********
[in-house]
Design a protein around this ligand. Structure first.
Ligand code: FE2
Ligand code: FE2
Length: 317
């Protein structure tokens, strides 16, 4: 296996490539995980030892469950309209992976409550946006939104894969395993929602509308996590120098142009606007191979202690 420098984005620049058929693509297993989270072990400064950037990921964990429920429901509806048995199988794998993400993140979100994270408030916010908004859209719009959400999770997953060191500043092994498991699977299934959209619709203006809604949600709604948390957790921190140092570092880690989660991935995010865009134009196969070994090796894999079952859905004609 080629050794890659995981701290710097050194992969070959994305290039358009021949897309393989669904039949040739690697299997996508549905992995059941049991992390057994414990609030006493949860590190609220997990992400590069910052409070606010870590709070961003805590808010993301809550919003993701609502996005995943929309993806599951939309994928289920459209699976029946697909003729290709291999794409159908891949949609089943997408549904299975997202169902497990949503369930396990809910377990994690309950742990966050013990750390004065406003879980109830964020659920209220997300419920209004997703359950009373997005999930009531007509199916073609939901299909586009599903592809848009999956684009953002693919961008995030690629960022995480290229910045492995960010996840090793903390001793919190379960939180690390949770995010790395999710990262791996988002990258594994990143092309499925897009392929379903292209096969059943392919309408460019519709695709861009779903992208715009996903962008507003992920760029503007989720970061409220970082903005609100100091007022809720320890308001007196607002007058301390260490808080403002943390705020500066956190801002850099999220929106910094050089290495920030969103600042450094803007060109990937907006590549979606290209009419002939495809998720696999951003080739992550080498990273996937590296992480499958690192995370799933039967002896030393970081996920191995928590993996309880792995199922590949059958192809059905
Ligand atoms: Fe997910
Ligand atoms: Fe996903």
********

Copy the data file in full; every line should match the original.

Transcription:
[in-house]
Design a protein around this ligand. Structure first.
Ligand code: FE2
Ligand code: FE2
Length: 317
């Protein structure tokens, strides 16, 4: 296996490539995980030892469950309209992976409550946006939104894969395993929602509308996590120098142009606007191979202690 420098984005620049058929693509297993989270072990400064950037990921964990429920429901509806048995199988794998993400993140979100994270408030916010908004859209719009959400999770997953060191500043092994498991699977299934959209619709203006809604949600709604948390957790921190140092570092880690989660991935995010865009134009196969070994090796894999079952859905004609 080629050794890659995981701290710097050194992969070959994305290039358009021949897309393989669904039949040739690697299997996508549905992995059941049991992390057994414990609030006493949860590190609220997990992400590069910052409070606010870590709070961003805590808010993301809550919003993701609502996005995943929309993806599951939309994928289920459209699976029946697909003729290709291999794409159908891949949609089943997408549904299975997202169902497990949503369930396990809910377990994690309950742990966050013990750390004065406003879980109830964020659920209220997300419920209004997703359950009373997005999930009531007509199916073609939901299909586009599903592809848009999956684009953002693919961008995030690629960022995480290229910045492995960010996840090793903390001793919190379960939180690390949770995010790395999710990262791996988002990258594994990143092309499925897009392929379903292209096969059943392919309408460019519709695709861009779903992208715009996903962008507003992920760029503007989720970061409220970082903005609100100091007022809720320890308001007196607002007058301390260490808080403002943390705020500066956190801002850099999220929106910094050089290495920030969103600042450094803007060109990937907006590549979606290209009419002939495809998720696999951003080739992550080498990273996937590296992480499958690192995370799933039967002896030393970081996920191995928590993996309880792995199922590949059958192809059905
Ligand atoms: Fe997910
Ligand atoms: Fe996903």